The H1N1 strain of swine flu, which became a worldwide pandemic last year, will probably still be the main type of flu people suffer from in the coming months, scientists have said.
Many people who still have not received a vaccine are vulnerable to the bug - and some parts of the UK were mostly untouched by it - despite the apparent public perception that “everyone’s had it”.
Specialists speaking at a press conference on the issue also said they believed the UK Government responded proportionately to the pandemic.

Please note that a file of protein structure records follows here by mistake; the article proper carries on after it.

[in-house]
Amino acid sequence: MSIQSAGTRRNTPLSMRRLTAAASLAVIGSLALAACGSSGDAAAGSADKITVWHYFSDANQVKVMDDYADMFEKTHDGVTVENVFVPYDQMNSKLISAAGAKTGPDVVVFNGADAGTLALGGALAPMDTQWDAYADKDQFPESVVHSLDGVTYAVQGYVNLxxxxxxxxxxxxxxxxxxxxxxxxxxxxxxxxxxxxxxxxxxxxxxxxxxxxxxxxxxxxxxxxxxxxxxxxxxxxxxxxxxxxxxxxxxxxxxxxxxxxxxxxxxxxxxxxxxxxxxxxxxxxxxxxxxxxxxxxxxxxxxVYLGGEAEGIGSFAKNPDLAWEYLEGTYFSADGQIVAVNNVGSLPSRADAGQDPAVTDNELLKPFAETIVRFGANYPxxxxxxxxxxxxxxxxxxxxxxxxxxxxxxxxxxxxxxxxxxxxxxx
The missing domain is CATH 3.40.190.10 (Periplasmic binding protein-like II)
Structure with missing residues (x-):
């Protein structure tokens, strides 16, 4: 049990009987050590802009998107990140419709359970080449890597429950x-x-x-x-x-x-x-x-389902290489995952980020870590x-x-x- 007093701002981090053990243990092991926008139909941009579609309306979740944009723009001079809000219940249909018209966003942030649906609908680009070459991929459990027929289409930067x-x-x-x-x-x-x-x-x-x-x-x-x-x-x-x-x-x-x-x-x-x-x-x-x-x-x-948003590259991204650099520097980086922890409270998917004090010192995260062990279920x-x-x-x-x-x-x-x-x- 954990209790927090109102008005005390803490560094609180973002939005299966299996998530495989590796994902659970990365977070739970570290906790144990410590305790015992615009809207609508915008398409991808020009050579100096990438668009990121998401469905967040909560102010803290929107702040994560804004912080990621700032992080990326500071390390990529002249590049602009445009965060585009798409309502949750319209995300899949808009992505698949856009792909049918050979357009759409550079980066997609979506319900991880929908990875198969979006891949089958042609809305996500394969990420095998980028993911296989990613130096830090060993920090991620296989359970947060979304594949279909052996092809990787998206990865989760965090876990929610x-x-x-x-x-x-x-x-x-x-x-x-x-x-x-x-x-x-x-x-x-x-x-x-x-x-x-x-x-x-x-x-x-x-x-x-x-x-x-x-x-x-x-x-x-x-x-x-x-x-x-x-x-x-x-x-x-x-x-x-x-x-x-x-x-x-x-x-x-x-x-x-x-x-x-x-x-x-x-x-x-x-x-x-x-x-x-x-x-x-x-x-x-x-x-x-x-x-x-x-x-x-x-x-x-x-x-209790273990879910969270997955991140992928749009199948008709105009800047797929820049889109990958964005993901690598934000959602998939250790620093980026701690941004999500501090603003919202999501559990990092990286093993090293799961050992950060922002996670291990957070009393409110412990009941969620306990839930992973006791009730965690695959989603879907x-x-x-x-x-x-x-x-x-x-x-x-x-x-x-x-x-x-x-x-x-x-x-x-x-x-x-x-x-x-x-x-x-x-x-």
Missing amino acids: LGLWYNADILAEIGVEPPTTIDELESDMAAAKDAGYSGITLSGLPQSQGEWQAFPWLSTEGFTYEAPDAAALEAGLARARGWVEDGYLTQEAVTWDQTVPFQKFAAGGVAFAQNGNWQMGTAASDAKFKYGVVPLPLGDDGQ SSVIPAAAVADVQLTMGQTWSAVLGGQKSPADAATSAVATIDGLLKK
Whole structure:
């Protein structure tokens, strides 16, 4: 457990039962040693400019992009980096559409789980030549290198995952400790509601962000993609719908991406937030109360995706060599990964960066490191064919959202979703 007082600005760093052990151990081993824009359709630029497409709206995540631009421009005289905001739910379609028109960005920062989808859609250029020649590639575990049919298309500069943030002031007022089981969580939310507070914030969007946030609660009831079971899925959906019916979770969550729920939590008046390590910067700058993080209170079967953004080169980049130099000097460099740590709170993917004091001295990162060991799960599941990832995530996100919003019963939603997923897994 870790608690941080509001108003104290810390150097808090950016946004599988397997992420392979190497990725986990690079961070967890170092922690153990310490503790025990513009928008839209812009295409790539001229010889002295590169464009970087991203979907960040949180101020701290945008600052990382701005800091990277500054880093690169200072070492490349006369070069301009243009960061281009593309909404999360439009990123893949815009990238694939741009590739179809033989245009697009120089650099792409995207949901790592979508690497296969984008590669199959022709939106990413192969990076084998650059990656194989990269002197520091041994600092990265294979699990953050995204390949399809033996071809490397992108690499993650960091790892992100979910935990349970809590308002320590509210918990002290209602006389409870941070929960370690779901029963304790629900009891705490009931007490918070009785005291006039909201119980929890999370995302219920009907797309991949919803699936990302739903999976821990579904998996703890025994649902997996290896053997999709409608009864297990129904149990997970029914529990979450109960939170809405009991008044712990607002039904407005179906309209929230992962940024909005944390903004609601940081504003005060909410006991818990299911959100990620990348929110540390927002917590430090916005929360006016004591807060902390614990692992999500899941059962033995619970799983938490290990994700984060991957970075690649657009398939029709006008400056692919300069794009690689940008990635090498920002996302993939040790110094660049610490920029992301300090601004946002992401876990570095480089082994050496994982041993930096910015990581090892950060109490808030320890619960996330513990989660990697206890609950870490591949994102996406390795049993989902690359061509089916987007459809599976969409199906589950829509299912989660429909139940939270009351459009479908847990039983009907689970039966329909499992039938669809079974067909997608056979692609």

Professor Robert Dingwall, from the University of Nottingham’s Institute for Science and Society, said the UK was not hit as badly as experts had initially claimed, “but this does not mean that the virus is not capable of getting round these defences, leading to a second wave of infection.”
Governments are “damned if they act and damned if they don’t” but it is “much better” to get ready for the worst than having to back-pedal when a virus emergency hits, he claimed.
“We are not completely out of the woods yet. It’s already the case that pandemic H1N1 cases are being reported. That does not mean that it’s going to go on to be a major outbreak but it does mean we cannot relax our vigilance too much.”